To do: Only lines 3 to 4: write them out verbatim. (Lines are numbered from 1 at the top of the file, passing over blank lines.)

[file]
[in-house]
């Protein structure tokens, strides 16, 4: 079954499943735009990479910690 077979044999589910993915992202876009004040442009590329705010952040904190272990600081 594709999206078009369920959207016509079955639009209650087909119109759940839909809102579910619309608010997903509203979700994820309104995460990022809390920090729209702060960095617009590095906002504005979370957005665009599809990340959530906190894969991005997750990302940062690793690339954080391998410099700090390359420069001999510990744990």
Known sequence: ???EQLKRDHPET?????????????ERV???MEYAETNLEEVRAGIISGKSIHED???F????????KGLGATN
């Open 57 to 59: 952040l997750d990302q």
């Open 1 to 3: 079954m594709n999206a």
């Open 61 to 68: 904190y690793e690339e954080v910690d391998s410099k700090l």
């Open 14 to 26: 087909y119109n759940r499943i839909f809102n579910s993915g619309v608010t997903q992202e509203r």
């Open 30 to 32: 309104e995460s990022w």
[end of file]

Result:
Known sequence: ???EQLKRDHPET?????????????ERV???MEYAETNLEEVRAGIISGKSIHED???F????????KGLGATN
């Open 57 to 59: 952040l997750d990302q």